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Who will be Karnataka's next chief minister?

Last updated on: May 10, 2013 13:00 IST

Who will be Karnataka's next chief minister?

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Vicky Nanjappa

Even as the Congress Legislature Party is set to meet on Friday afternoon to elect the new Karnataka chief minister, at the moment, it appears that it would be a closely contested battle between Siddaramaiah and Mallikarjuna Kharge.

Rediff.com's Vicky Nanjappa profiles the two leaders:

Mallikarjuna Kharge

Born in 1942, Kharge is an old Congress war horse. A man of relatively clean image, Kharge has the distinction of winning a record 10 elections in a row.

Born in Warwatti, this Dalit leader is a law graduate. He started off his political career as a student leader in Gulbarga, north Karnataka.

He was a labour leader for a while before joining the Congress in 1969.

His first contested and won from the Gurmitkal seat in 1972. In 1974, he was made the chairman of the Leather Department Corporation and two years later he became the minister for primary education.

The first thing that Kharge undertook as minister was fill up the backlog of 16,000 vacancies of SC/ST teachers.

After his 1978 election win he was appointed as rural development and panchayati raj minister. In 1980, he was the minister for revenue. In 1985, when the Congress sat out of power, he was the deputy leader of opposition. In 1990, he became the revenue minister.

In 1999, for the first time, people saw quite a vocal Kharge. The Congress had swept the state and Kharge was a front runner for the post of chief minister. He was, however, beaten to it by S M Krishna. Kharge was made the home minister then.

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When the Congress formed the government with the JD-S in 2004, he was once again a front runner, but lost out to N Dharam Singh. Kharge was made the transport and water resources minister.

In 2009, Kharge was appointed as labour and employment minister in the Union government.

What may work in Siddaramaiah's favour:

His experience in administrative affairs.

According to his colleagues and also the bureaucracy, he takes everyone into confidence before taking a decision instead of forcing his views.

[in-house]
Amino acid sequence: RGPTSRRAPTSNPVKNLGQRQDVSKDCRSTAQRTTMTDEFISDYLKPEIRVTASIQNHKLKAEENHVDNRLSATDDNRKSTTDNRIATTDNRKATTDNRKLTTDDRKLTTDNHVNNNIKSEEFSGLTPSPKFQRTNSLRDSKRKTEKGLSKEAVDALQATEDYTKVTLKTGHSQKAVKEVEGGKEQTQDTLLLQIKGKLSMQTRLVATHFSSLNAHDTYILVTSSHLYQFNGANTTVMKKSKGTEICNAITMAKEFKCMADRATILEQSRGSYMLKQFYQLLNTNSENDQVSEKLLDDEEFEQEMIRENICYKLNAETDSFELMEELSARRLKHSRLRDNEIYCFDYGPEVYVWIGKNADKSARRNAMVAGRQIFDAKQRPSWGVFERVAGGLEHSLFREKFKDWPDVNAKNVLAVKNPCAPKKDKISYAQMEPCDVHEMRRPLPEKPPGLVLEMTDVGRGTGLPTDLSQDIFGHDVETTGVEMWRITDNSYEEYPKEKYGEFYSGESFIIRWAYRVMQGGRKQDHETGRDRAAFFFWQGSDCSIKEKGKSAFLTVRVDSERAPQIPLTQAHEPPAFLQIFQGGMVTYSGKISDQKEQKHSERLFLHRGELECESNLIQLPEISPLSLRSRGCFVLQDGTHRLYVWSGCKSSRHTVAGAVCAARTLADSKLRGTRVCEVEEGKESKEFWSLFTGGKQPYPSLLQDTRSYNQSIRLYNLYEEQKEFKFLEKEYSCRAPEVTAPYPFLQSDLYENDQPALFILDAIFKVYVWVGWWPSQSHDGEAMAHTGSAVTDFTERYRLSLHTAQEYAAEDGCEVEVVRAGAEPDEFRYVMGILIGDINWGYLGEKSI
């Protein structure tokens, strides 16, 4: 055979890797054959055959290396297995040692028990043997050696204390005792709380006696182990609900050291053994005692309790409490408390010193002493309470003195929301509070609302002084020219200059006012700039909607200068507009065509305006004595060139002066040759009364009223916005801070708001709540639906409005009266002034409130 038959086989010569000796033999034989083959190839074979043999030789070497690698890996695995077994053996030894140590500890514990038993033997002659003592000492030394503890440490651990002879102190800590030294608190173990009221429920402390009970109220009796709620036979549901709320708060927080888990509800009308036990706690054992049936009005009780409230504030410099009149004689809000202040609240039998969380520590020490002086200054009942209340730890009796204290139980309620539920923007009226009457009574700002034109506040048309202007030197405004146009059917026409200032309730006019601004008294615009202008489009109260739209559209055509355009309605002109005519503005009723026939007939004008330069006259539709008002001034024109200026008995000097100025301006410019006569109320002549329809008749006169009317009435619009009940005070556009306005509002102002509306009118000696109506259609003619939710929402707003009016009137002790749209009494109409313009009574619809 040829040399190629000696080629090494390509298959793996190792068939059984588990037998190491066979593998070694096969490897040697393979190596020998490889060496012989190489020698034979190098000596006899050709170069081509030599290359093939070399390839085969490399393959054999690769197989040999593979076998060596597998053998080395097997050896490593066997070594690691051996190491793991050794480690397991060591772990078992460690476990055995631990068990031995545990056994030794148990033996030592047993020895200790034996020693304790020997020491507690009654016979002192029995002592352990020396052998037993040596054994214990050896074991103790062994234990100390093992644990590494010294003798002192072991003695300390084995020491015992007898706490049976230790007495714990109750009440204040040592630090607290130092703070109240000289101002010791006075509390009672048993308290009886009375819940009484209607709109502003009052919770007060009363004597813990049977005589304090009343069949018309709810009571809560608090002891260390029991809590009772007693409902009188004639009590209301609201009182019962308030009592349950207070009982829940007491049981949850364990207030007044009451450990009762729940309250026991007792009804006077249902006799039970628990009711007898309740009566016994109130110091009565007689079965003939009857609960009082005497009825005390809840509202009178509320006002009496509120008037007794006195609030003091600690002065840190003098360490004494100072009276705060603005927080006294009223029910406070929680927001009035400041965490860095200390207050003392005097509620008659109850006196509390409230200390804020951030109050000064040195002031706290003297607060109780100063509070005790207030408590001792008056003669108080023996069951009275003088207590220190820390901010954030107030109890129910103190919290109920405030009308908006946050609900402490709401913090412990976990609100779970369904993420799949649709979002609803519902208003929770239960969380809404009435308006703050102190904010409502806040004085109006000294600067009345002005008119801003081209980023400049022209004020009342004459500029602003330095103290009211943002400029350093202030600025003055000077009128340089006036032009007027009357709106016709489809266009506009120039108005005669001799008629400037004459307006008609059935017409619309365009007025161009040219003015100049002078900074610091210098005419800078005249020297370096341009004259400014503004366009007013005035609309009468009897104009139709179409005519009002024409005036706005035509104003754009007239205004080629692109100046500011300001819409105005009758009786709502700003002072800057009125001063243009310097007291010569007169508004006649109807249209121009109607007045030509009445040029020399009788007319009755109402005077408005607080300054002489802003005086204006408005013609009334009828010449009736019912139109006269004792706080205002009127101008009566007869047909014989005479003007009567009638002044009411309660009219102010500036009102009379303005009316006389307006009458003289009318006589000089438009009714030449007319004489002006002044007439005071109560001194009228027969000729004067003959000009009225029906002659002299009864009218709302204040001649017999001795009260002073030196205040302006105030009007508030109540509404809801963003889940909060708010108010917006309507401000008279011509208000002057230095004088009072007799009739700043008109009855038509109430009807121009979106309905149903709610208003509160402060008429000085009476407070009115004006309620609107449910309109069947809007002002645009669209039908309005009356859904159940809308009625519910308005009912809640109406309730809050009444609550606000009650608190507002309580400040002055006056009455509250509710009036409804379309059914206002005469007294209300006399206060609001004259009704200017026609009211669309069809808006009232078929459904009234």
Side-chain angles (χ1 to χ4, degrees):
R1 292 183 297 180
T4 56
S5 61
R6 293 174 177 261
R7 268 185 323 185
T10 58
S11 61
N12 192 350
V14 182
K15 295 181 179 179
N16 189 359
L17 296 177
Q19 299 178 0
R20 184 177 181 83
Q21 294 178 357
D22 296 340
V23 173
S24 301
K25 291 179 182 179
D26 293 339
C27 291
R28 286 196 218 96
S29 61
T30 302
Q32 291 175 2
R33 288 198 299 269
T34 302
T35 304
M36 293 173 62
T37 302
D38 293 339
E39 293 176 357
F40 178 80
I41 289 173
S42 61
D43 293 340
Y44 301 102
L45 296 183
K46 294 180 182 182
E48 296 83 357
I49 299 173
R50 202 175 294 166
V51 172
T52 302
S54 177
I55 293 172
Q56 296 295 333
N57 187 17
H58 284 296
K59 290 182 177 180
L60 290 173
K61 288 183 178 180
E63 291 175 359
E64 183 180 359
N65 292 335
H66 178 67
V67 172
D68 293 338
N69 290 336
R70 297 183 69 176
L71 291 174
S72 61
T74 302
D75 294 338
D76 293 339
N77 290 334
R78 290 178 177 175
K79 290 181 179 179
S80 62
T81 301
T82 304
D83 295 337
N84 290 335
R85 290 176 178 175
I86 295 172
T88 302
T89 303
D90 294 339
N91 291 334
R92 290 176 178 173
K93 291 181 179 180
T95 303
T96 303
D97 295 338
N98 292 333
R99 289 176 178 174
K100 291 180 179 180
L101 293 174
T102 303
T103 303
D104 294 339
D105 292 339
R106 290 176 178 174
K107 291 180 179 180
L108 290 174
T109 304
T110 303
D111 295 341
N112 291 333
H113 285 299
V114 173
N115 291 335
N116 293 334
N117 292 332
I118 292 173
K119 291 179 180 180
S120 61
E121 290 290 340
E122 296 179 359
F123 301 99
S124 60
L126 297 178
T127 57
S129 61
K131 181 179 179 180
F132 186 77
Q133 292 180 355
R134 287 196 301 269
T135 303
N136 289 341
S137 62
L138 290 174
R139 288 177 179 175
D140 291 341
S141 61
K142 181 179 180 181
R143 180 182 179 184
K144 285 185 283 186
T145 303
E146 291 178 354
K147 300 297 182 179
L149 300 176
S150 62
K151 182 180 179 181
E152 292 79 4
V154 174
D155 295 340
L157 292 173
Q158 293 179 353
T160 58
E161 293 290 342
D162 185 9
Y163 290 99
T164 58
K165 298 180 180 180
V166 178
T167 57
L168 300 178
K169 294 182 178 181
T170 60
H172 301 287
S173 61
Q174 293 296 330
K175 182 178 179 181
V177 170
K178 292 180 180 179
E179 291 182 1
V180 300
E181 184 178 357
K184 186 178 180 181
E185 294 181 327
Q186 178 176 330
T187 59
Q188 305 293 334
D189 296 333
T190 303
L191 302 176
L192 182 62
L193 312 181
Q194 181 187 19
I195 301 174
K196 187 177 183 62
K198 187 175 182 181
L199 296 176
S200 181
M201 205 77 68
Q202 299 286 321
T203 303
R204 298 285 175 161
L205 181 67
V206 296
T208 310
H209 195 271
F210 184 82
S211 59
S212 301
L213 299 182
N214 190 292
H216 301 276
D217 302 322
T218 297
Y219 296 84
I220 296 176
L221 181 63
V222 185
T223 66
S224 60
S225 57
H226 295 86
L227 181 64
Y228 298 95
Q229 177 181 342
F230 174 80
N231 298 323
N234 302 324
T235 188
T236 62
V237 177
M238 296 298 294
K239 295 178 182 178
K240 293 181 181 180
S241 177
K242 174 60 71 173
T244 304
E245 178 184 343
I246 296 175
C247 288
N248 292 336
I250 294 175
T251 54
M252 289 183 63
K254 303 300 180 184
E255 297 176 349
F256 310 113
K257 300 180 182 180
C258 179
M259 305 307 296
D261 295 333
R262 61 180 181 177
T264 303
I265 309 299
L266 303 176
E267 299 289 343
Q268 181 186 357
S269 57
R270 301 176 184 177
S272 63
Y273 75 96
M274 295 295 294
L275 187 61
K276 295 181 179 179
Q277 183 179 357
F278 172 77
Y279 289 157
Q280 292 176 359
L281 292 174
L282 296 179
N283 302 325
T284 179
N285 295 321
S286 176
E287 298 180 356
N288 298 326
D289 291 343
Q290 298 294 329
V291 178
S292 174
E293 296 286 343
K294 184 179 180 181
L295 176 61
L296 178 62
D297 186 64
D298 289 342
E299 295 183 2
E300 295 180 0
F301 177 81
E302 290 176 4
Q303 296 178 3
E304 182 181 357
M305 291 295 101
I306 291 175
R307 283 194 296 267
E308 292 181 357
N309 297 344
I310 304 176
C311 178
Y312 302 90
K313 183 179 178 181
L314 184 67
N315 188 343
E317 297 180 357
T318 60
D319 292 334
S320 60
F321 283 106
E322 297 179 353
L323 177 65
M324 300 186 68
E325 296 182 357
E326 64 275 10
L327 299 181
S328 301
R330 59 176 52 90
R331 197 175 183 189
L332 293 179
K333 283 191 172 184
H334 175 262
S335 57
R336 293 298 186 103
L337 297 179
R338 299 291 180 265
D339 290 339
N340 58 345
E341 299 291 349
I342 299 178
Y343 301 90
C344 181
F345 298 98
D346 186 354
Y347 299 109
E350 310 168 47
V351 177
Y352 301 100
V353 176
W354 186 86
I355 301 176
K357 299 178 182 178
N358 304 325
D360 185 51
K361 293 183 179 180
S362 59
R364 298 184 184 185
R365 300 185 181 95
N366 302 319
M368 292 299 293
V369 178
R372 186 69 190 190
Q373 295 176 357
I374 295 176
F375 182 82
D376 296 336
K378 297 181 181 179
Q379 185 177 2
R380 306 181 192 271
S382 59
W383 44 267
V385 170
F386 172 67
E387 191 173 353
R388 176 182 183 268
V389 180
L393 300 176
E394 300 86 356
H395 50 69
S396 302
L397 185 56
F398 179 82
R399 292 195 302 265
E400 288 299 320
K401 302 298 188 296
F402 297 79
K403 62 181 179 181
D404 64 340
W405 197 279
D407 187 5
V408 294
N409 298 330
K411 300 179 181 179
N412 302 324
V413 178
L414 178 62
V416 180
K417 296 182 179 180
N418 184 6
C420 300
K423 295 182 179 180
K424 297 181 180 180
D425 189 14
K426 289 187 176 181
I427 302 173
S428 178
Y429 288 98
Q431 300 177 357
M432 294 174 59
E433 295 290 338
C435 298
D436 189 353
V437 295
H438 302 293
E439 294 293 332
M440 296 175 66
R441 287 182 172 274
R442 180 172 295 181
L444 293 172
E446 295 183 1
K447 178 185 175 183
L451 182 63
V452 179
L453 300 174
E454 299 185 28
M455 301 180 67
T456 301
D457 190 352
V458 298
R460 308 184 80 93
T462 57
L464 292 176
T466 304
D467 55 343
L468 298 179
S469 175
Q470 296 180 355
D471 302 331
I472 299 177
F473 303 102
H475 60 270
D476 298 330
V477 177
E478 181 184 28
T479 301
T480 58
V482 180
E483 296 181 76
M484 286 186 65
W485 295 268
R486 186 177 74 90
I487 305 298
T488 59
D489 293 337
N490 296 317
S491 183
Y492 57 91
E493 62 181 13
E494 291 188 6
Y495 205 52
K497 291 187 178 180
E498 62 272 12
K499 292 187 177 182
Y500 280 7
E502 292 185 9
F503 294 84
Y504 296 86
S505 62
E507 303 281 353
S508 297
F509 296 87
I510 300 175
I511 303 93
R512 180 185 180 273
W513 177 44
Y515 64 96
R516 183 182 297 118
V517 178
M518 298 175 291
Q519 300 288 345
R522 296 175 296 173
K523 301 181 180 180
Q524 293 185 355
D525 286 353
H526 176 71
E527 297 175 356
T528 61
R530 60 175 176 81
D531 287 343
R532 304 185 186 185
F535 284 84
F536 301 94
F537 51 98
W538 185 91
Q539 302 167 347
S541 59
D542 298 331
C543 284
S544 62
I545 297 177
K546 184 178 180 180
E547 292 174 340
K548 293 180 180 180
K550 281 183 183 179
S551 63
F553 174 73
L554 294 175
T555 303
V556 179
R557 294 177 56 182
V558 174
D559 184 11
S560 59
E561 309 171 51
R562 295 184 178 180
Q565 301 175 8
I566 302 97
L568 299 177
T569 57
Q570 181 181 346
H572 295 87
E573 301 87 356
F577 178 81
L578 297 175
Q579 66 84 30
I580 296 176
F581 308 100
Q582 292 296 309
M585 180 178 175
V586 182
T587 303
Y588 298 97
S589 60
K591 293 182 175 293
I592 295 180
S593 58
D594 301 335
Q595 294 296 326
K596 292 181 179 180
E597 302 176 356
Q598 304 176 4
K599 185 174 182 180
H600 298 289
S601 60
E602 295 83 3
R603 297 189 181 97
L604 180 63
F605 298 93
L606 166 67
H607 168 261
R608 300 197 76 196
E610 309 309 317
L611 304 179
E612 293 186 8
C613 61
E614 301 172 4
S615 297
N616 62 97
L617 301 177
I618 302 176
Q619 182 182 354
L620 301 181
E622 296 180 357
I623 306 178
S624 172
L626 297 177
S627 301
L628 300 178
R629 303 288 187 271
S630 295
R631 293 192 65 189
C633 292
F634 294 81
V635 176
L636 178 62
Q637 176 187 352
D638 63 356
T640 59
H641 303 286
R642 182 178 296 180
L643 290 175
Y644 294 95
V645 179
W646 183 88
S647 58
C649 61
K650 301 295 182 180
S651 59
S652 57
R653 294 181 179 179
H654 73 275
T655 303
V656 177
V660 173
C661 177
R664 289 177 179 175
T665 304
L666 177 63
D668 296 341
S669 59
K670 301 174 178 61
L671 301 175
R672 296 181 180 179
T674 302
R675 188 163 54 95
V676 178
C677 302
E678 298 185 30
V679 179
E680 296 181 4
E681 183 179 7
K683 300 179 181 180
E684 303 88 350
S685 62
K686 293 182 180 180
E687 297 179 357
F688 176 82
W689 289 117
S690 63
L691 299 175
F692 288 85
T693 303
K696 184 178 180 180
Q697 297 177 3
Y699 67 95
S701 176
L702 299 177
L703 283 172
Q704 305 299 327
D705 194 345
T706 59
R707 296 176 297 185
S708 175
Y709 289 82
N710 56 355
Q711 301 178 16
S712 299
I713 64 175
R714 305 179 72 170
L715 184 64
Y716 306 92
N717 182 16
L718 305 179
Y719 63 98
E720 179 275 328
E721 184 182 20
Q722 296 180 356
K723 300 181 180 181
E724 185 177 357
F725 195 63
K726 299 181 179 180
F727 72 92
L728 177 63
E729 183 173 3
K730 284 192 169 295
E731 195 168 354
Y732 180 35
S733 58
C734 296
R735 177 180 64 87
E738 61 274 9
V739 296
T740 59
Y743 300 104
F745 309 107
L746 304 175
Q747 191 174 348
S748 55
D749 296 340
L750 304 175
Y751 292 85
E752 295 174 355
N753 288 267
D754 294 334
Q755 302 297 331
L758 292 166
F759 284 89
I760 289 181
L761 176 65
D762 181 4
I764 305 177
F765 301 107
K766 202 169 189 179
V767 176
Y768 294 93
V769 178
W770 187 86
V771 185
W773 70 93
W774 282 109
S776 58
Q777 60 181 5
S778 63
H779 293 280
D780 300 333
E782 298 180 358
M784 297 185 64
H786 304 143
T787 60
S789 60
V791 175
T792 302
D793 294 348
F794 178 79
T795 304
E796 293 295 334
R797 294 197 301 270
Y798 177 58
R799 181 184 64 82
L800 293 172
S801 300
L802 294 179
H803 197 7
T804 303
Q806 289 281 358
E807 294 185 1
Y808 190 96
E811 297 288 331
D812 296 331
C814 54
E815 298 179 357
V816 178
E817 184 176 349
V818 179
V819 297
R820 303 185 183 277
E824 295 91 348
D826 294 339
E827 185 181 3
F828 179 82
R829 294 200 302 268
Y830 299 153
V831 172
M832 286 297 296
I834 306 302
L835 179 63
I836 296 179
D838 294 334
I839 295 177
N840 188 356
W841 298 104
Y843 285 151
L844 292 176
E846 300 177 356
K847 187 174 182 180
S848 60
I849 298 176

He has a relatively clean image and is very non-controversial.

What may NOT work in Siddaramaiah's favour:

He focuses too much on northern Karnataka.

He is at times very soft and takes time for making individual decisions.

The age factor could spoil his charges.

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Siddaramaiah 

A two-time deputy chief minister, Siddaramaiah was formerly with the Janata Dal-Secular before he crossed over to the Congress in 2006. The reason? JD-S supremo H D Deve Gowda did not consider his seniority and chose his son H D Kumaraswamy over him to be the Chief Minister.

Prior to the 2013 elections, he was the Leader of Opposition.

Born in 1948, Siddaramaiah started off as an advocate in Mysore. He belonged to the Kuruba community, which has the third largest vote share in Karnataka.

He was a law teacher for a few years before taking the jump into politics in 1978.

He first entered the Karnataka assembly in 1983.

He became a hit among the Kannadigas when he spearheaded the movement called Kannada Kavalu Samithi, which was set up to implement Kannada as the official language of the state.

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After the 1985 mid-term polls, Siddaramaiah became the animal husbandry minister under Ramakrishna Hegde. However, in the following elections in 1989 he tasted defeat.

He then made his presence felt after the 1994 elections when he became the finance minister in the JD-S government headed by Deve Gowda. People of Karnataka still say that he presented the best budgets.

Although his favourite, Gowda always kept Siddaramaiah distanced.

The belief was that he was too powerful a leader and commanded mass support and respect.

Despite being a senior, he was not considered for the post of chief minister, when Deve Gowda had to hand over power in Karnataka after being made the prime minister. The chief minister's post went to J H Patel while Siddaramaiah was made the deputy CM.

The 1999 election was a wash out of sorts for the JD-S. Even Siddaramaiah lost.

However he came back strong in the 2004 elections. The JD-S formed the government with the Congress headed by N Dharam Singh in which Siddaramaiah was the Deputy CM. However, two years later when the JD-S withdrew support from the Congress and allied with the BJP. Siddaramaiah quit as he realised this was a ploy to promote Kumaraswamy.

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What may work in Siddaramaiah's favour:

He has a relatively clean image.

He has ability to control bureaucrats

He has the ability take tough decisions.

What may NOT work in Siddaramaiah's favour:

His former ministry officials and bureaucrats find it difficult to deal with him owing to his arrogance. A sample of this was seen when he was being sworn in as Deputy CM when the JD-S had tied up with the Congress.

A bureaucrat who tried whispering in his ear was told point blank -- ri kiwi maatu beda, enidre munde bandu maat aadi (stop whispering in my ears, if you need to say something come in front and speak).

Siddaramaiah feels this is his last chance to be chief minister. He has already announced that 2013 will be last election and for the service he has rendered he should sign out on a high.




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